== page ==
Style as Artistic Feature

In 1914 a plan to further the beautification of Oakland and designed to make Oakland more striking from the bay.   Members of the Oakland Commercial Club,  A.S. Lavenson, vice-president of the club, and city planning enthusiast and H. A. Lafler of the same organization. Oakland Commercial Club, Oakland, 1913;

Their idea was to suggest that builders in the future especially in the taller buildings use white material.   Oakland, as a “white city” situated before the hills in an elevated position could be remarkable sight.  A great mass of white buildings, with tall spires or tower, like many of that time “give semblance of, will it is declared, Oakland truly wonderful”  Oakland Tribune Sept 1914.

Already the from the bay the new City hall City Hall, the new federal building, and the Central Bank building Central Bank Building and other tall buildings in white, present a remarkable site all standing out from brown hills and their surroundings “like great monuments to progress”  Oakland Tribune Sept 1914

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Oakland Tribune  Sept 1914

Uniform Skyline and White Buildings

 

 

 

 

Posted in Advertisment, Early Montclair, History, Montclair Tracts, Uncategorized

Montclair is…

The birth of Montclair

The 1920s were economic boom years in the United States as a whole, and in California in particular.  Economic growth was fueled by the general post–World War I recovery, as well as oil discoveries in Los Angeles and, most notably, the widespread introduction of the automobile.

Oakland expanded during the 1920s, flexing enough to meet the influx of factory workers.  Approximately 13,000 homes were built between 1921 and 1924, more than between 1907 and 1920.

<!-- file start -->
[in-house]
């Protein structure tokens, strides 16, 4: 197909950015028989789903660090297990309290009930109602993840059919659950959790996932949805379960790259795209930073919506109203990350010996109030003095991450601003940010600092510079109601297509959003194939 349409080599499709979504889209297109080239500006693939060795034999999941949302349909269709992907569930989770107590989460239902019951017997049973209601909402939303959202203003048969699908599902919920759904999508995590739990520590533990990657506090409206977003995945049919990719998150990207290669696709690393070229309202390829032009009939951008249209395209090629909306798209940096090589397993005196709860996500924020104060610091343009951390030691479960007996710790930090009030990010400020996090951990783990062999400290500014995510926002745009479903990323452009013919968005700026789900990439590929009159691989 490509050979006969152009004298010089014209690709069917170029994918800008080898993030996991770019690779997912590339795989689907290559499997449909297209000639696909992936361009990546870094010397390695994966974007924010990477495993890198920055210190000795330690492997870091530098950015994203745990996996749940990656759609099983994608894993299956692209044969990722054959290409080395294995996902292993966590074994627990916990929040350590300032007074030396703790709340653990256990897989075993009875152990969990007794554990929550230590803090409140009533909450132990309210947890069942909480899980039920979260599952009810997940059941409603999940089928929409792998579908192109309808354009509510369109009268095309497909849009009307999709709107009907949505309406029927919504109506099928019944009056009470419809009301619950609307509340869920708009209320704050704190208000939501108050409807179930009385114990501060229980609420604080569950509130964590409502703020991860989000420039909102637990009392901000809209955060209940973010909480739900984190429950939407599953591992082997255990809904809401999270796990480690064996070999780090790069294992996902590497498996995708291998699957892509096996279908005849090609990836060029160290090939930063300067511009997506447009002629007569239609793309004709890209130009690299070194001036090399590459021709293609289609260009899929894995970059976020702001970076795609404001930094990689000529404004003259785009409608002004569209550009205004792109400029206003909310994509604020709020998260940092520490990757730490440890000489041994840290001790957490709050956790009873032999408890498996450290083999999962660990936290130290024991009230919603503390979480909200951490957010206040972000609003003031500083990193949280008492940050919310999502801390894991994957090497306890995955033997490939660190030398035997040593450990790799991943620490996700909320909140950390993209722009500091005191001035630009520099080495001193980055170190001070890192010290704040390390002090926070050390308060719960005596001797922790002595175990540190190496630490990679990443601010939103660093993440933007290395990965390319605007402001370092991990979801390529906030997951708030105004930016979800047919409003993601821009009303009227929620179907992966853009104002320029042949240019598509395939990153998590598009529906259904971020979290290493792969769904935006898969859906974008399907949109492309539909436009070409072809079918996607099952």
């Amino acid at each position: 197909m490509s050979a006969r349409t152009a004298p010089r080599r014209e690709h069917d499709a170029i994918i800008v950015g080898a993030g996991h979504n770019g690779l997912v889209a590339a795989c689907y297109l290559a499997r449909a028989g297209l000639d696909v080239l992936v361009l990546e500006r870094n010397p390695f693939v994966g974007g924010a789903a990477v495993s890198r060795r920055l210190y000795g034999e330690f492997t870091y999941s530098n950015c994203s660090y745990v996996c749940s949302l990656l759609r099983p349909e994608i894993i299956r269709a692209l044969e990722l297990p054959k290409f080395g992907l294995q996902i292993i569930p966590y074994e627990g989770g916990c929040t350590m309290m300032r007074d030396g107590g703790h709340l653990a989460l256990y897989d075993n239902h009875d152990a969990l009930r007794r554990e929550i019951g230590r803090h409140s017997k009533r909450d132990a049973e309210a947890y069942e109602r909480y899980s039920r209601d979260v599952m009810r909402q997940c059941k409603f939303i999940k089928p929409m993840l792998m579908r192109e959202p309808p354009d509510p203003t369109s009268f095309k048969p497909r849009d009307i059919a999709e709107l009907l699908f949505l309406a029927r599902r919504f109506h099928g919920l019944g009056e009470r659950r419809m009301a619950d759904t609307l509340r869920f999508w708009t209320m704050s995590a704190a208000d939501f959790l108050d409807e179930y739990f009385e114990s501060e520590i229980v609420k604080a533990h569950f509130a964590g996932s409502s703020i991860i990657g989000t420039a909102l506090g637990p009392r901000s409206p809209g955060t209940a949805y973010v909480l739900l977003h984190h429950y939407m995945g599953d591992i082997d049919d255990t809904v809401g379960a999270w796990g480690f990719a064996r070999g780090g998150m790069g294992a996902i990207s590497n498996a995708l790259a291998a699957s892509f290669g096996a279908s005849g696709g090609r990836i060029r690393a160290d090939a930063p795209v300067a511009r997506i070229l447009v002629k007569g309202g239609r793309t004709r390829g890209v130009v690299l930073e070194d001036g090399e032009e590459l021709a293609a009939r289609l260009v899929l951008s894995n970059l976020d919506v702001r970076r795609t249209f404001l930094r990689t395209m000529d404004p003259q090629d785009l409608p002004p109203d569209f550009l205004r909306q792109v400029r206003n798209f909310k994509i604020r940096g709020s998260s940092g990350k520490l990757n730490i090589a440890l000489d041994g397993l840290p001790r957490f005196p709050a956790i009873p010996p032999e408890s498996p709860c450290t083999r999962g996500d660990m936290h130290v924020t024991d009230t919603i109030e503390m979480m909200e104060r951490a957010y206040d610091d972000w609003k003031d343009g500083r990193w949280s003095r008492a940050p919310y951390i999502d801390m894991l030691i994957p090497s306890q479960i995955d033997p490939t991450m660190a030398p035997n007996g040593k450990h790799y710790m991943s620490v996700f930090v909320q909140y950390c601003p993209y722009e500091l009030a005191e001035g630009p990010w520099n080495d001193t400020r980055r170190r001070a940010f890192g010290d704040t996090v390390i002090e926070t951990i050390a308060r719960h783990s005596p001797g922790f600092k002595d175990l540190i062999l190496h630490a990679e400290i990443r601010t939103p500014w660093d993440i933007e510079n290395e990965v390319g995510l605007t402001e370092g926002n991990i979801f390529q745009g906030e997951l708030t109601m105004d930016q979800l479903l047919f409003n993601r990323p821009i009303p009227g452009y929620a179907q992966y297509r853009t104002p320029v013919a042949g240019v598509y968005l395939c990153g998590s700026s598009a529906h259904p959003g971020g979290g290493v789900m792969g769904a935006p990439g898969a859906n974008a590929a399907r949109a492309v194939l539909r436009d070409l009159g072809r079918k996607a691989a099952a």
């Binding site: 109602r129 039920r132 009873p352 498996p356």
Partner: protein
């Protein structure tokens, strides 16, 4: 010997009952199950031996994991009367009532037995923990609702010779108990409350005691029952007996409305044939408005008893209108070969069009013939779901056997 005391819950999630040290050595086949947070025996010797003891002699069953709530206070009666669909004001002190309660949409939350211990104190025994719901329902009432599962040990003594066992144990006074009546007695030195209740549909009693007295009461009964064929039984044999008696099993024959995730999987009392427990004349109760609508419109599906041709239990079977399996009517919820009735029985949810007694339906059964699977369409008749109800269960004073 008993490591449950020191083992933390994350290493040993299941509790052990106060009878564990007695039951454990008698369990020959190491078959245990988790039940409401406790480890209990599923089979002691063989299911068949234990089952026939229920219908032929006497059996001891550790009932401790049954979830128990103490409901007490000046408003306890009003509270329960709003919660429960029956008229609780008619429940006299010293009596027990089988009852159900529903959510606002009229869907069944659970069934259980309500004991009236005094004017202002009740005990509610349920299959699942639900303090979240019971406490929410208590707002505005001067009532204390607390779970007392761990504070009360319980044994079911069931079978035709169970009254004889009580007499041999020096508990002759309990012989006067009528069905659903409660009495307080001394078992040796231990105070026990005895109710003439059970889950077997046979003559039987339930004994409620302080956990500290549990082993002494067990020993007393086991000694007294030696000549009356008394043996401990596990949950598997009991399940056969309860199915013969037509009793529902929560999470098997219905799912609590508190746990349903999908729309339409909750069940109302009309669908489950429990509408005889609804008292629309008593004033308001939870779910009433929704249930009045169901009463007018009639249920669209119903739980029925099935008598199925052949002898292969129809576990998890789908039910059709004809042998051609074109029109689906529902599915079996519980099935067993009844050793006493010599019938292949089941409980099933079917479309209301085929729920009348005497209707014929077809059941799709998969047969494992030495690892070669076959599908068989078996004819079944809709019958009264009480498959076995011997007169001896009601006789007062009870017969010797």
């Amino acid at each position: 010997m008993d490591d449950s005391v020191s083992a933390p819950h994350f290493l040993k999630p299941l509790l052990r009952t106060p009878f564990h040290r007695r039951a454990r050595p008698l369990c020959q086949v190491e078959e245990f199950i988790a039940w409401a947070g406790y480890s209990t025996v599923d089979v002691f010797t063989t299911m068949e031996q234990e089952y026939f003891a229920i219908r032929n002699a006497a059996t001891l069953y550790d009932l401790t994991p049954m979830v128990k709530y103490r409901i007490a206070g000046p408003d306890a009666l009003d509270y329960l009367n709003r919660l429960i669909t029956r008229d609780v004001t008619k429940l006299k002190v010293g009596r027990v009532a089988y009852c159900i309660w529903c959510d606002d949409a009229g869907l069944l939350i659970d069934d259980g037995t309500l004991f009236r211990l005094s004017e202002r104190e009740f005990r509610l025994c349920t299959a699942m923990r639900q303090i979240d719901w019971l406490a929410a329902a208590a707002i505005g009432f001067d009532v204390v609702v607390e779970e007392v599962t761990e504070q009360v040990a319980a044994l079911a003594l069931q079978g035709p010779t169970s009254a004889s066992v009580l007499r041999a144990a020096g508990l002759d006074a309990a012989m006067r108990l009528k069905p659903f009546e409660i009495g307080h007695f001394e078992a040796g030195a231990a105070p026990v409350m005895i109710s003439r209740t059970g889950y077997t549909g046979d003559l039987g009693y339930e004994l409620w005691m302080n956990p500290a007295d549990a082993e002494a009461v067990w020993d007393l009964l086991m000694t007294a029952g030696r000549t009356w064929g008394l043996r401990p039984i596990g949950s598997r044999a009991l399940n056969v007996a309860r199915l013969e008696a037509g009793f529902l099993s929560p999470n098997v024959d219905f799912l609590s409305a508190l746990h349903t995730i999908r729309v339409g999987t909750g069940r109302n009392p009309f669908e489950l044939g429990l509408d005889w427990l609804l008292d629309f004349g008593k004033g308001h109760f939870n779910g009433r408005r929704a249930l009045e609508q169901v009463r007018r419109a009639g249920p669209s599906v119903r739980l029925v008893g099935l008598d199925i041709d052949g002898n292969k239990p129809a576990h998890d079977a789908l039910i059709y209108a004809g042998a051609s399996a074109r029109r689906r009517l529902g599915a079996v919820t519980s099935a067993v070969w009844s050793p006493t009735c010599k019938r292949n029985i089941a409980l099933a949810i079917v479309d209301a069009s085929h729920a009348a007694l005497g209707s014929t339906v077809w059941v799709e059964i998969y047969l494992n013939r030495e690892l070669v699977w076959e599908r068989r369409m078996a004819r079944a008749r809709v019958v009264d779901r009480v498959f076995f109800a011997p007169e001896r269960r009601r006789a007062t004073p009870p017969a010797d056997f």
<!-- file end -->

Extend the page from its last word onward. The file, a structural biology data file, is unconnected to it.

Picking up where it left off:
Many of the large downtown office buildings, apartment buildings, and single-family houses still standing in Oakland were built during the 1920s; and they reflect the architectural styles of the time.

1920 was when the first subdivisions or tracts went on sale in the rollings hills in the back of Piedmont.   After running a contest (more on that later) in Oakland Tribune in 1919, Montclair was the name given to the new area.

Montclair Opens

During the first year that Montclair was for sale some $460,000 worth of beautiful property was sold in Montclair.

Her First Birthday

Oakland Tribune October 1921

Oakland Tribune October 1921

Where is Montclair?

Oakland_Tribune_Sun__Jun_7__1925_
The Montclair of the 1920’s – Oakland Tribune

Today when you speak of Montclair it is a much larger area.  The Montclair of today includes the neighborhoods (or tracts) of Pinehaven, Merriewood, Fernwood, Glenwood Glade, Forest Park, Montclair Highlands and also might include Piedmont Pines.

During those first years of the 1920’s a lot of money and effort went to selling property in Oakland.  From free house or lot giveaways to proving car service to the sites from downtown (just 15 minutes away).  The Realty Syndicate even provided a bus( see The First Bus lines in Oakland ) service to some of their sites.

Oakland_Tribune_Wed__Jun_30__1920_

I thought I would show you some of the clever ads that were in the Oakland Tribune and the San Fransico Chronicle those first years.  In the months leading up to the day Montclair went on sale, they ran small teaser type ads all through the paper.  The one above is from June 1920.

Showing the teaser ads

Teaser Ads

What is Montclair?

 

Armistice Day 1920 in Montclair

 

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Oakland Tribune

 

Montclair to be continued